March 07, 2013
Gene Therapy Stops Lung Tumors In Mice

At least in mice lung cancer can be cured with a gene therapy that prevents mutant Myc genes from driving cancers.

Barcelona, 7 March 2013. The study, led by the Vall d'Hebron Institute of Oncology (VHIO), has managed to eliminate mouse lung tumours by inhibiting Myc, a protein that plays a key role in the development of many different tumours. The results, to be published in the journal Genes & Development, confirm that repeated, long-term treatment does not cause side effects. Even more importantly, no resistance to treatment has been encountered, which is one of the biggest concerns with anticancer therapies. These results show that anticancer therapies based on Myc inhibition are a safe, effective therapeutic option in new drug development.

One of the major potential ways to really cure cancer is to send in genes that counteract the effect of the mutant genes that cause cancer. Gene therapy is like a software patch sent in to fix a bug. DNA is like a really complex piece of software. Once we can rewrite the genetic software to cancel out the effects of cancer-causing mutations we will be able to cure cancer.

The work conducted by the Mouse Models of Cancer Therapy group at the VHIO, led by Dr Laura Soucek, shows that Myc can be controlled and inhibited through a mutant called Omomyc that hijacks Myc and prevents it from acting. "Even if we clearly identify a mechanism behind tumour development, it is still extremely complex to pinpoint how to intervene in cells' internal machinery or modify genetic processes," explained Dr Soucek. "We have found a way to inhibit Myc through Omomyc," she continued. "We induced Omomyc expression in mice through gene therapy and managed to activate and deactivate it by administering an antibiotic to the mice in their drinking water."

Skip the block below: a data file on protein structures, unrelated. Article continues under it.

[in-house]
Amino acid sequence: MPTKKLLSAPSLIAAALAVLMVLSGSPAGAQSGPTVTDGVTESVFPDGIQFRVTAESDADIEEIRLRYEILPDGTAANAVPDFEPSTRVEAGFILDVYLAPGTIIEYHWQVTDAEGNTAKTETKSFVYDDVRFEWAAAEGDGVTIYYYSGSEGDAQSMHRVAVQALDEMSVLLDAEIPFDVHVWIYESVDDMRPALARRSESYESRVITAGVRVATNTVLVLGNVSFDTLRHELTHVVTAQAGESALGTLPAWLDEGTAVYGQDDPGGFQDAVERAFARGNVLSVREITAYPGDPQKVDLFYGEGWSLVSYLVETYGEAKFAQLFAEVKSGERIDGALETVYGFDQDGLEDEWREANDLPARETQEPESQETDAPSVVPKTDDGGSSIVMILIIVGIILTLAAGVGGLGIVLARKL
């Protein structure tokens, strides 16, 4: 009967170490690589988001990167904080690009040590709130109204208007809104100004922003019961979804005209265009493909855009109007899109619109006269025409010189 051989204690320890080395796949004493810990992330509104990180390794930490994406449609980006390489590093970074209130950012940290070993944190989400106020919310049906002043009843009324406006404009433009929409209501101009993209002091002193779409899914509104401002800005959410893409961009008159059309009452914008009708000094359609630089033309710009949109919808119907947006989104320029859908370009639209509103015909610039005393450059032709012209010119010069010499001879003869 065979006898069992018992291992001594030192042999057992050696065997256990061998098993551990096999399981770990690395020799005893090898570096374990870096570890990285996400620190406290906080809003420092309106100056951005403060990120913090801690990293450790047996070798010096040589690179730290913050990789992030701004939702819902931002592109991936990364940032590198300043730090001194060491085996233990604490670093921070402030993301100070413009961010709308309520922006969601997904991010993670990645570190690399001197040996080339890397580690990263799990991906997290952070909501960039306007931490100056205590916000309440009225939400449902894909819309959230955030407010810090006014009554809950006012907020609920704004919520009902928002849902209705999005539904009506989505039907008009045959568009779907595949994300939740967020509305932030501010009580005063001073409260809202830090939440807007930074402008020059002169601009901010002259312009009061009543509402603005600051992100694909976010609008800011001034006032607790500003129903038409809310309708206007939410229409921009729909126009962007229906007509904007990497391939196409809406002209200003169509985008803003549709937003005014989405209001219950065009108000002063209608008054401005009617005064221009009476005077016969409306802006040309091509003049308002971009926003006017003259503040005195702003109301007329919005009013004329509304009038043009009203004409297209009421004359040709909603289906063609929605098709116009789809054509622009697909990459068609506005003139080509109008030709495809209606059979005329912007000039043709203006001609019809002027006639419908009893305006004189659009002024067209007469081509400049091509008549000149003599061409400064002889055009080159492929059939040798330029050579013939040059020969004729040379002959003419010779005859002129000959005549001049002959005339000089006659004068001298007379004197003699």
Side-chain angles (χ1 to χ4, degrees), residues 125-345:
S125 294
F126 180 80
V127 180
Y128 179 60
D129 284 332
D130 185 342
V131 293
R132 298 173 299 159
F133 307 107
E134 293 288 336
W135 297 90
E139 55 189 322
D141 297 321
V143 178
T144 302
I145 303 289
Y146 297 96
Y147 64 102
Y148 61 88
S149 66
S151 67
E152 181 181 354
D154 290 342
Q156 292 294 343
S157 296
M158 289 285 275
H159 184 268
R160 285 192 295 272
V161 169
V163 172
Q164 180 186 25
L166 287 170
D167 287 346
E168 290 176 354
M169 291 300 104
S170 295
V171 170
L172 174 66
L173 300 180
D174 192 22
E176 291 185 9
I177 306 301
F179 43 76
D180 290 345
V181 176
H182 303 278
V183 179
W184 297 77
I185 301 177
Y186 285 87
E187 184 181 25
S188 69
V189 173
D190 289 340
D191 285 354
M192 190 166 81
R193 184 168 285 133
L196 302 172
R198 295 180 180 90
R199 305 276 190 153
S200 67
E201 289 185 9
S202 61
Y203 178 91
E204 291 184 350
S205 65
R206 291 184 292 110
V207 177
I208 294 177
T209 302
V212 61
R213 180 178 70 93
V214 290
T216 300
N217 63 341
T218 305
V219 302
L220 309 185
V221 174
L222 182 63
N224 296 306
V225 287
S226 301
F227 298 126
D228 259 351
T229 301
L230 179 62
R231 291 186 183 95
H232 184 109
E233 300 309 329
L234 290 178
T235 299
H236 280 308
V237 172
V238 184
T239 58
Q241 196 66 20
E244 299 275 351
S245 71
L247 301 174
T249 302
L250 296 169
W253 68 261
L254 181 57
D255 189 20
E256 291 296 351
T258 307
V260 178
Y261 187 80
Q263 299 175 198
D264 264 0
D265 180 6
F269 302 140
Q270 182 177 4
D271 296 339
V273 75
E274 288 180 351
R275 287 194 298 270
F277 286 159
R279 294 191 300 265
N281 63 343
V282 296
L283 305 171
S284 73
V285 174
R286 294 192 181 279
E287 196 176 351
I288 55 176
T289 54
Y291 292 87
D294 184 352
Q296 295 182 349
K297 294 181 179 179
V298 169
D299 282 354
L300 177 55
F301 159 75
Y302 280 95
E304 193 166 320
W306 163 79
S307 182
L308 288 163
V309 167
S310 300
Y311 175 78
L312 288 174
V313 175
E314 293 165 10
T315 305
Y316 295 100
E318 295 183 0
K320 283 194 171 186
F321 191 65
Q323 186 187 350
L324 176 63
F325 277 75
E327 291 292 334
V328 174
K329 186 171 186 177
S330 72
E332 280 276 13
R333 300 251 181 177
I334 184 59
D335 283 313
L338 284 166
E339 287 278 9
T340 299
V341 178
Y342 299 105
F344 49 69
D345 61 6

In the study, multiple lung tumours were induced in the mouse (up to 200 tumours in each individual) and Myc inhibition episodes were achieved by activating Omomyc expression for 4-weeks, followed by 4-week rest periods. This therapy - known as metronomic therapy - was maintained for more than a year, regularly checking tumour progress in each mouse. All mice became tumour free after the first inhibition period, but 63% of cases then relapsed. After the second Myc inhibition period, only 11% of the initial tumours reappeared. According to Dr Soucek, "the most important finding was that there were no signs of resistance to treatment. This is one of the biggest disadvantages of many anticancer therapies: the disease develops resistance and can return even more aggressively."

One of the challenges with gene therapy is to get it into every cancer cell. Another challenge is to do it in a way that does not mess up the genes of normal cells. Since both problems are hard I am surprised these researchers have gotten this far.

Share |      Randall Parker, 2013 March 07 09:17 PM 

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